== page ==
Revo Uninstaller - Makes a much better job of uninstalling applications than Windows, even removing corrupt installations that Windows can't handle. Sevendotzero post

Carbonite - Remote backup so I always know there's a copy of my data safe. Sevendotzero post

Firefox - No list would be complete without Firefox! Firefox is a great browser but what makes it for me is the ability to install add-ons (or extensions) that add to the functionality. I've got 25 on this PC!

Which are your favourites?

Thursday, 17 January 2008

Technology usability

I've got a great mobile phone, the Nokia E65. Nice size, good functionality and loads of additional applications I've installed. However, it's slower than my last handset, runs out of memory & sometimes restarts itself (issues not unique to this handset). Ah I hear you say, that's because I've installed additional applications on it. But that's the whole point of the S60 operating system, being able to personalise your smartphone and improve its functionality. If Nokia is going to offer this functionality then they should ensure the handset works properly with it. If there are gremlins in the additional applications these should be isolated to prevent them affecting the performance of the handset. I've highlighted a Nokia product here but this type of problem is common across a whole range of consumer devices - when did your PC last crash?

Why is it that we're surrounded by so much excellent technology but its usability is often so poor? Why do so many devices not work out of the box without significant configuration? Why are so many devices slow and prone to crash? I'm a real technophile and love using new technology but it frustrates the hell out of me. What's it like for the 'average' consumer? A nightmare - judging by the questions I get asked. Most manufacturers seem to have had a usability bypass! Do they ever test their products from the consumer perpective?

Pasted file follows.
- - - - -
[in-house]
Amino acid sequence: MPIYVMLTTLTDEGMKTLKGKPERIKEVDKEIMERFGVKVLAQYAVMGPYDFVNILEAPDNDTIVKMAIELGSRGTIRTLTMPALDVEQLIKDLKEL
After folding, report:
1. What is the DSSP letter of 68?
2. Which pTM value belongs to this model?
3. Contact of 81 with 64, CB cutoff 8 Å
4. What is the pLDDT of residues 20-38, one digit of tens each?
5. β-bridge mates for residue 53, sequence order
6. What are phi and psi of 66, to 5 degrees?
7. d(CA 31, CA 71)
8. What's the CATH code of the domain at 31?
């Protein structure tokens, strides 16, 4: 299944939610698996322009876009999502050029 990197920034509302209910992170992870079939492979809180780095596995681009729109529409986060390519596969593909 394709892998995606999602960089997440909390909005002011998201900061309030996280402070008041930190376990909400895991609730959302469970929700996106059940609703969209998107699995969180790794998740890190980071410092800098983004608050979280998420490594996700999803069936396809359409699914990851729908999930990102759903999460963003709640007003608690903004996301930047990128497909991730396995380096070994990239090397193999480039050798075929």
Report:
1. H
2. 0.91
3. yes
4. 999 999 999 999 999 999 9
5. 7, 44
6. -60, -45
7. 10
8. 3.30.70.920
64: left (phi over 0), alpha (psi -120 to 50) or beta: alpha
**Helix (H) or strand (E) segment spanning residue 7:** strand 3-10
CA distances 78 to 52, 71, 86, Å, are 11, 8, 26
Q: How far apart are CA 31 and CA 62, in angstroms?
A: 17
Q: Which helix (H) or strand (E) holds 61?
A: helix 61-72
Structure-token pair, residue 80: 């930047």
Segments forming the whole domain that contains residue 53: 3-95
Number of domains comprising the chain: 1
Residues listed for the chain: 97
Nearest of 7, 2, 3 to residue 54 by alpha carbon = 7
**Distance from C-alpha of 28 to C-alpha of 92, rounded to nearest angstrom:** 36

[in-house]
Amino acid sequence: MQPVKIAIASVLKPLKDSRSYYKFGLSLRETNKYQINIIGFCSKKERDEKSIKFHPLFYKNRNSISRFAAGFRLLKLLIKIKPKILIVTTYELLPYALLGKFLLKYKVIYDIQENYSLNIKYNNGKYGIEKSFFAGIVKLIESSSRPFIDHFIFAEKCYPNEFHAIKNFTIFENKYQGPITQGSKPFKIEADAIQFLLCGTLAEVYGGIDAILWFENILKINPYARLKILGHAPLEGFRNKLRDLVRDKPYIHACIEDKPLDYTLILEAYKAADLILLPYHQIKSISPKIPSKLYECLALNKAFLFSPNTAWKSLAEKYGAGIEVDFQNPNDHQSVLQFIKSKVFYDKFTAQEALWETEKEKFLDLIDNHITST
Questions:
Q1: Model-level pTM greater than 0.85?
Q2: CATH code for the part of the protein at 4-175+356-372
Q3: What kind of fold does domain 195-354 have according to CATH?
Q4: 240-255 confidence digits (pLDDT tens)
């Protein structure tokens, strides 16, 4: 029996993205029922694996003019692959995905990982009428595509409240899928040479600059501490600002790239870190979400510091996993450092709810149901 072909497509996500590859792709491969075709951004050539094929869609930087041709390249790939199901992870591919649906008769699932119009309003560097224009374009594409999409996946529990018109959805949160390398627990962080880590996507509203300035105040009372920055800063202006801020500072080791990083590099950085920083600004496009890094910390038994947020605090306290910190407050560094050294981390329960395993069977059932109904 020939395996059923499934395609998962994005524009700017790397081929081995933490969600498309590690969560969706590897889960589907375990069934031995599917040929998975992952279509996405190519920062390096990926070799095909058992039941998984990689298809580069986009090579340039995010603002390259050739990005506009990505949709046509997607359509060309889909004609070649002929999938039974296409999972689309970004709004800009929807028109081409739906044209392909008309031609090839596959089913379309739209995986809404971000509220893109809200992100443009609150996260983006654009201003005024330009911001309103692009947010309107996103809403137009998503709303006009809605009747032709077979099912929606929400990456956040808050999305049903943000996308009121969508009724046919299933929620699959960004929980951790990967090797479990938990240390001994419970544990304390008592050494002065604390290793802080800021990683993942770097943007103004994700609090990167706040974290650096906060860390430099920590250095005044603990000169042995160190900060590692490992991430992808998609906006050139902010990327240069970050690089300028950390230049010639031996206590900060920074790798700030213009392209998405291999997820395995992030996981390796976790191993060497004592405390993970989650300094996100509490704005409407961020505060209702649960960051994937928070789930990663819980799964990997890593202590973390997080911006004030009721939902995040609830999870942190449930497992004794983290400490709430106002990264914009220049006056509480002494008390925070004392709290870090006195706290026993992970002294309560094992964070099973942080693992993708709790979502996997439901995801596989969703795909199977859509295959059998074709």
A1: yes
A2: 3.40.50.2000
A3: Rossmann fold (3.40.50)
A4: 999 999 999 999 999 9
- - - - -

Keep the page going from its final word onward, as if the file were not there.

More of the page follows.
Tuesday, 8 January 2008

F-Secure Health Check

Having security software on your PC is vital to protect yourself from malware and ensuring Windows keeps updated with security updates provides another level of protection. But what about vulnerabilities in other applications. F-Secure has launched a free service, the F-Secure Health Check, that scans your PC for security vulnerabilities and out of date software. It then provides recommendations on how to fix the issues it finds. I ran it on my PC and was surprised to discover how many applications needed updates downloaded from the web.

Note that currently you must use Internet Explorer to run the Health Check. Other browser support is promised.

Monday, 7 January 2008

Thoughts & predictions for telecoms in 2008

Some thoughts & predictions for 2008.

Mobile VoIP (VoIP over 3G & WiFi) will start to make an impact in the mobile market, in part enabled by flat rate mobile data tariffs that are starting to become the norm.

New IP based operators will start to disintermediate the traditional operators from their customers by moving control of how when & where calls & messages are delivered, to the customer & away from the traditional operators.

Converged customer propositions will become increasingly vital to the traditional operators to avoid losing customers to the new IP operators.

And I'll throw in a fourth prediction which is a bit of a long shot! 2008 may be the year when Google finally emerges as the key new competitor of the future to the traditional operators. More on this later ...

Friday, 4 January 2008

CIA World Factbook

Ever wanted to find out the area of Denmark or the population of Estonia? Maybe not! But the CIA World Factbook contains a wealth of information on all countries of the world. A great source of info for the whole family. The area of all countries is given relative to a US state - apparently the UK is slightly smaller than Oregon!

Free air guitar

With thanks to Duncan Rawlinson and Chris Anderson.

Wednesday, 2 January 2008


I've previously commented on Rebtel & how it's a great way to make international calls using your inclusive mobile minutes. If you haven't already started using Rebtel there's never been a better time. Rebtel are currently running a promotion which triples your first payment, e.g. a $10 top-up gives you $30.

Rebtel is also a great way to make cheap international calls from a landline.